The API in the CMI also includes further commands for manipulating sound after a PlaySourceBuffer command has been issued. The API's include SoundComponentPauseSource, SoundComponentStartSource and SoundComponentStopSource routines, the definitions of which are shown in Appendix A, each of which, for descriptive purposes, is referred to using an abbreviated name below. Each of these routines accepts as arguments a reference to a sound object and one or more chain identifications, typically specified as a reference to a list and a specification as to the number of entries in the list. If the sound hardware is used by only a single application, then chain identifications may not be specified. The PauseSource and StopSource routine pauses or stops, respectively, sound which is being played, while the StartSource routine starts the playing of sound which has been paused or stopped. After a StopSource routine is called and the sound is stopped from playing, a PlaySourceBuffer or a StartSource command is issued to play sound. Unlike a PauseSource command, a StopSource command flushes the buffers so that issuance of a StartSource command does not result in the playing of sound from the point at which the sound was previously stopped.

The CMI further includes an API to transfer data between sound objects. To request data from its source, a sound object typically issues a GetSourceData request, see Appendix A, specifying a reference to the sound object which is its source. The specified sound object performs its function as appropriate and passes along the chain a pointer to a SoundComponentData to the requesting sound object. The data described by the SoundComponentData is located either in the buffer of the sound object identified as the source or, in an optimized SPS as described with reference to FIG. 12, it is located in the buffer of another sound object further along the chain from the source if the source did not perform any operation on the data.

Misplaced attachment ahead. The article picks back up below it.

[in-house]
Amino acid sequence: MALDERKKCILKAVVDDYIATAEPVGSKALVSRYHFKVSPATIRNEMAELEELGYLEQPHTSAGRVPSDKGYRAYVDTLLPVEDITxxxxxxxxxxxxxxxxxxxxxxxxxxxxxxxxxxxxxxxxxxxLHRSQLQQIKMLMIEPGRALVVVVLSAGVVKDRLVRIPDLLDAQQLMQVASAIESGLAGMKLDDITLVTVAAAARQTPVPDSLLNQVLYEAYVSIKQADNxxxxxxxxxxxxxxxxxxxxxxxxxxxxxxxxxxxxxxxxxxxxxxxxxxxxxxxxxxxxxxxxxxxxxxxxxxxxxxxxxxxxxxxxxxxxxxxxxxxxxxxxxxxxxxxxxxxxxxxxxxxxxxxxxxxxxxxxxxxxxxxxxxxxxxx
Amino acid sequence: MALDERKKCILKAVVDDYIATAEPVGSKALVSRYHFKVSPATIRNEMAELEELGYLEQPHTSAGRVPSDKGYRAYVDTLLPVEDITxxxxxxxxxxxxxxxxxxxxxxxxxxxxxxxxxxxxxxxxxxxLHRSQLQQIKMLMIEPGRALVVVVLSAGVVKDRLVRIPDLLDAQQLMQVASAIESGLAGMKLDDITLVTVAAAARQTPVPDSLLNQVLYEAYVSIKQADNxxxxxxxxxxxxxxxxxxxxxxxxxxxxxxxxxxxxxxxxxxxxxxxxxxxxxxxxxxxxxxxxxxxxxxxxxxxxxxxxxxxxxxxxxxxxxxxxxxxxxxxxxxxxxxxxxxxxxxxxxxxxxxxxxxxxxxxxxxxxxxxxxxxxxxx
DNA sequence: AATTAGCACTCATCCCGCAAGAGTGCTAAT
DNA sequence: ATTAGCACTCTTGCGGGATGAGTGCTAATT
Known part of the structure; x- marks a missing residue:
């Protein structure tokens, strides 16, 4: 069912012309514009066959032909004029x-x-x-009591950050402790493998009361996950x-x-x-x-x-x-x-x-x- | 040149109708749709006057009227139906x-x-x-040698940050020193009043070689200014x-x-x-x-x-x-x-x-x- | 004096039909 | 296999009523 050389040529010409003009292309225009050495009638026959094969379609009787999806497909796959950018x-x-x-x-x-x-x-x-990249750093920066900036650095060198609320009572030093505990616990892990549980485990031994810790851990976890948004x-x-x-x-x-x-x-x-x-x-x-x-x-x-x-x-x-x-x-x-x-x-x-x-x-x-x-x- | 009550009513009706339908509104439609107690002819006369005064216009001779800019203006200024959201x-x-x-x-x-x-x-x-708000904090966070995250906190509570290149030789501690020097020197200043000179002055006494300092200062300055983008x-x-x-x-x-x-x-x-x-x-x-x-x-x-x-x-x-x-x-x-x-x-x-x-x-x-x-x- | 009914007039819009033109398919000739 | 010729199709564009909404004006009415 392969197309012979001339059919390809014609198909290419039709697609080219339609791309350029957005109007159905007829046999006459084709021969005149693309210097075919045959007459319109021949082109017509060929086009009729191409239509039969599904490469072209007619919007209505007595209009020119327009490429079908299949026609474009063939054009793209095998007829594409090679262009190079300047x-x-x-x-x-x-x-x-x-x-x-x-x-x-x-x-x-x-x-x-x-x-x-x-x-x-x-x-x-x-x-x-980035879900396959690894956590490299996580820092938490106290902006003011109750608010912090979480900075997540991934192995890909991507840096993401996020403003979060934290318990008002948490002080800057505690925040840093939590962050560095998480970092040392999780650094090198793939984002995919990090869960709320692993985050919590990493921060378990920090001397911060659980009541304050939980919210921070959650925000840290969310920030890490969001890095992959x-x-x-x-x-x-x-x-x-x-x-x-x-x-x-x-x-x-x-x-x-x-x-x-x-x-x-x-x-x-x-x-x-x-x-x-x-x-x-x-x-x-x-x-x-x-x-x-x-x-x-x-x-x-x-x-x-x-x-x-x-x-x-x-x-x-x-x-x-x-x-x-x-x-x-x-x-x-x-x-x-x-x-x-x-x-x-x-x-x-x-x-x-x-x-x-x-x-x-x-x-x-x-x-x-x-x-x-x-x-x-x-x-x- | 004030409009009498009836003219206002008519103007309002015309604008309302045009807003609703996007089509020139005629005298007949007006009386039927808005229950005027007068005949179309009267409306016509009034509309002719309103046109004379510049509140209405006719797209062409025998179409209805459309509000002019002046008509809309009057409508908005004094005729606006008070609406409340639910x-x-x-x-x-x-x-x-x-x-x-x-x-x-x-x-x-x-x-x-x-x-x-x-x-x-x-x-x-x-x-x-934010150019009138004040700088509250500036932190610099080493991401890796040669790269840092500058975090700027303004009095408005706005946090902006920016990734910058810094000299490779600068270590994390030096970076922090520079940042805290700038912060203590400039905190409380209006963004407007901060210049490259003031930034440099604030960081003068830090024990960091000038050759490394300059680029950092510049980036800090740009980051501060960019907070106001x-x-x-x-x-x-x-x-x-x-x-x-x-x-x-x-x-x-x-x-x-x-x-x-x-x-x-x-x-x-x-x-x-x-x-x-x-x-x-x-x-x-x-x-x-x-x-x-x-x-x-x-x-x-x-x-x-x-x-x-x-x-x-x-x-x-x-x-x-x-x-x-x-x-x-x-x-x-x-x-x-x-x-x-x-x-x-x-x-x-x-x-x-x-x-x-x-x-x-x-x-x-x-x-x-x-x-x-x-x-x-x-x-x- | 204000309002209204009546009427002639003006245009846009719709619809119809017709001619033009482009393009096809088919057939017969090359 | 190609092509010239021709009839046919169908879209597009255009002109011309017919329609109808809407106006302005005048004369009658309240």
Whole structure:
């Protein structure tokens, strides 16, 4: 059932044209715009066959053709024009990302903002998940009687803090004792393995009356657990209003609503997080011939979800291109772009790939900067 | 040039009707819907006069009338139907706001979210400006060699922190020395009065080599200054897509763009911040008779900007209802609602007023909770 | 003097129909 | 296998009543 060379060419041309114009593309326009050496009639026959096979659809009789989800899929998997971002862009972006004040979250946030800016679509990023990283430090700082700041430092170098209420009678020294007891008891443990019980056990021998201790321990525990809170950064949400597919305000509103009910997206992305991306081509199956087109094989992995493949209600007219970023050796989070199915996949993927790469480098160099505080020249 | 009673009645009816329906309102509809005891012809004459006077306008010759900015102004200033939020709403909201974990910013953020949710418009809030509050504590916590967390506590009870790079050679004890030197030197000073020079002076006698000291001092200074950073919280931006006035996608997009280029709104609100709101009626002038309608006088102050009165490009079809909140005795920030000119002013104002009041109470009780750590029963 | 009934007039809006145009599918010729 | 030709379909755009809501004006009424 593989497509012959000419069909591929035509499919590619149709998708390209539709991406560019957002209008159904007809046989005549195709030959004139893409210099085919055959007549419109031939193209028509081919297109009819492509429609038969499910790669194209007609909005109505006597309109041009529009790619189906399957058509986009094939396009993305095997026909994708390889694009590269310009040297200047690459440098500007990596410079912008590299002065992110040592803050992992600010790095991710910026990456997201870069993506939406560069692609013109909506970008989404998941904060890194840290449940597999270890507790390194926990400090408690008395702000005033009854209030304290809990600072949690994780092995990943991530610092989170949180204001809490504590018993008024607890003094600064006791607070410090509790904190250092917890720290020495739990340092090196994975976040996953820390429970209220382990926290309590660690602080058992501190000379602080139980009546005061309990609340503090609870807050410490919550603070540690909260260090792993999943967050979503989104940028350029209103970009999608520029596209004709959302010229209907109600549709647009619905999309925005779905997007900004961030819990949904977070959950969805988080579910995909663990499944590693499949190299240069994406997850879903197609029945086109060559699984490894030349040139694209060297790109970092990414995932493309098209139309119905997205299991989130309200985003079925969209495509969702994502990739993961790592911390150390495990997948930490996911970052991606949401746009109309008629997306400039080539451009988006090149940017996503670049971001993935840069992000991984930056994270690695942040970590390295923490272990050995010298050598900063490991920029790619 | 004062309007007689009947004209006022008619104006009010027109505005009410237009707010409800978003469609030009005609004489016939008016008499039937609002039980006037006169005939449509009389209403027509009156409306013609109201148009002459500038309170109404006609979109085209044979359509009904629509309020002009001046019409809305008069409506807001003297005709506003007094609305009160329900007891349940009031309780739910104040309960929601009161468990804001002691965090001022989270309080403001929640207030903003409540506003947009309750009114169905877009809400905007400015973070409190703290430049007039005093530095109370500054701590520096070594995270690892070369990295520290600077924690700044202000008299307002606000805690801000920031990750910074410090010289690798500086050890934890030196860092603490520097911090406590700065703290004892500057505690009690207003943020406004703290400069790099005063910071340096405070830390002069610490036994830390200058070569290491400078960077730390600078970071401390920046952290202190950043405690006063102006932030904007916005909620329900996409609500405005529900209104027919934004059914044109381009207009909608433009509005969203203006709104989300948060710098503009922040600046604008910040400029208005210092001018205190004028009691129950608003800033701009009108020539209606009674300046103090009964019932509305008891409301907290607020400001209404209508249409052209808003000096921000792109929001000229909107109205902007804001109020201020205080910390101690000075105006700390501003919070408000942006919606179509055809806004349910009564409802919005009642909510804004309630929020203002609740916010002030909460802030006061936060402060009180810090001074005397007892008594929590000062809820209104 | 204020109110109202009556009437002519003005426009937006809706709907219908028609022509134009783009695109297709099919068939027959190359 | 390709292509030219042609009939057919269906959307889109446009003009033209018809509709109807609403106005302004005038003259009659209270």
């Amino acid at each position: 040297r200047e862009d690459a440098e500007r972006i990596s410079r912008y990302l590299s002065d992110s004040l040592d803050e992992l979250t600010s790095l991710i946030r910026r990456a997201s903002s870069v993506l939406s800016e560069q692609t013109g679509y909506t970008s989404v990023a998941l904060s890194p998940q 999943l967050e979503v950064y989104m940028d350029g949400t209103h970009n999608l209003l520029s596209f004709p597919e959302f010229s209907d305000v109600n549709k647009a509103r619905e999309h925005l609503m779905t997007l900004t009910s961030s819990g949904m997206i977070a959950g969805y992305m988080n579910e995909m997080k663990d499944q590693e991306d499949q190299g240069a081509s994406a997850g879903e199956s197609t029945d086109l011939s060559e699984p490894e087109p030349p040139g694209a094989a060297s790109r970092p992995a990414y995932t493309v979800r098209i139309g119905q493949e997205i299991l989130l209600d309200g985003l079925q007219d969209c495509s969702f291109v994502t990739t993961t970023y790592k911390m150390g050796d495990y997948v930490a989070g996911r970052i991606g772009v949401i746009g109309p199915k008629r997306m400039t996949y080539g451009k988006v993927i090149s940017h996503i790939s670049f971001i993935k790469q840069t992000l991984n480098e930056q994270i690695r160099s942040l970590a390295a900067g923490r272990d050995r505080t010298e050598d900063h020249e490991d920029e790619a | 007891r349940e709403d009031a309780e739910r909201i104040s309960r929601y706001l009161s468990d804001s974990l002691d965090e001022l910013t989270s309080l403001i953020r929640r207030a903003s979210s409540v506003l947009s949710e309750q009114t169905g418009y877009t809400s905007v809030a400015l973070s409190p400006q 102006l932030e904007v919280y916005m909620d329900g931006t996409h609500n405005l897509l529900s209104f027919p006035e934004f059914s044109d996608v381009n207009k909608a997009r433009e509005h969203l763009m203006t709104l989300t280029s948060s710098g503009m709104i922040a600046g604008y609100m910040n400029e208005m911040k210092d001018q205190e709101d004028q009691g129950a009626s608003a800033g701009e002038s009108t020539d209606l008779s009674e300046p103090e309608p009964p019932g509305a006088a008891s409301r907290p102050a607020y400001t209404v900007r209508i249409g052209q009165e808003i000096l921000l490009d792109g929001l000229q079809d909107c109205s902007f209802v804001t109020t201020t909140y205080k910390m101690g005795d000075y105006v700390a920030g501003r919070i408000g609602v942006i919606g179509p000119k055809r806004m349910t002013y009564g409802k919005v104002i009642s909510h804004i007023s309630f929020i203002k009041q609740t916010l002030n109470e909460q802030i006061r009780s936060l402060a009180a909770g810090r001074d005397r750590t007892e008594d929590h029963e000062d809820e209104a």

The CMI also includes API's to get and set information about sound objects, as shown in Appendix A. A SoundComponentGetInfo routine is used to access information about the kinds of operations a sound object can perform. A SoundComponentSetInfo call provides a similar function for setting the capabilities and current settings of a sound object. Each of the routines accepts as arguments a reference to a sound object, one or more chain identifications, an indication as to what type of information to get or set, herein called a "selector", and a pointer which specifies either a location into which to return the information or a location from which to retrieve the value to be set. If the information to be returned occupies four bytes or less, than the information itself is preferably returned instead of the pointer.

When a SoundComponentGetInfo call is returning more than four bytes of information, a pointer to a data structure called a SoundComponentInfoList is returned. The SoundComponentInfoList data structure contains a count and a reference, e.g. pointer or address, to a list, where the count specifies the number of entries in the list.

A selector can specify any of a large number of audio capabilities or sound object settings. For example, a selector can specify the sample size, sample rate, audio channels, compression type and digital audio effects of a sound object. Additionally, a selector can specify a sound object's current output sample rate multiplier value, current sample size, current number of audio channels, current left and right volume settings, and current quality setting. For a sound hardware object, a selector can specify, for example, the current sound hardware's mute state, the number of audible volume levels and the current sound hardware volume settings.

The CMI also provides API's for loading, configuring and unloading sound objects to form chains, as shown in Appendix A. An InitOutputDevice routine is called to install a sound hardware object so that it can configure its sound hardware, set default values and perform any special hardware-specific operations.

To form chains, the CMI notifies a sound object as to which other sound object is its source in the chain by calling a SoundComponentSetSource routine, thereby indicating which sound object to call for more data. The SoundComponentSetSource command accepts as arguments a reference to a first sound object, one or more chain identifications and a reference to a second sound object which is to be set as the source for the first sound object.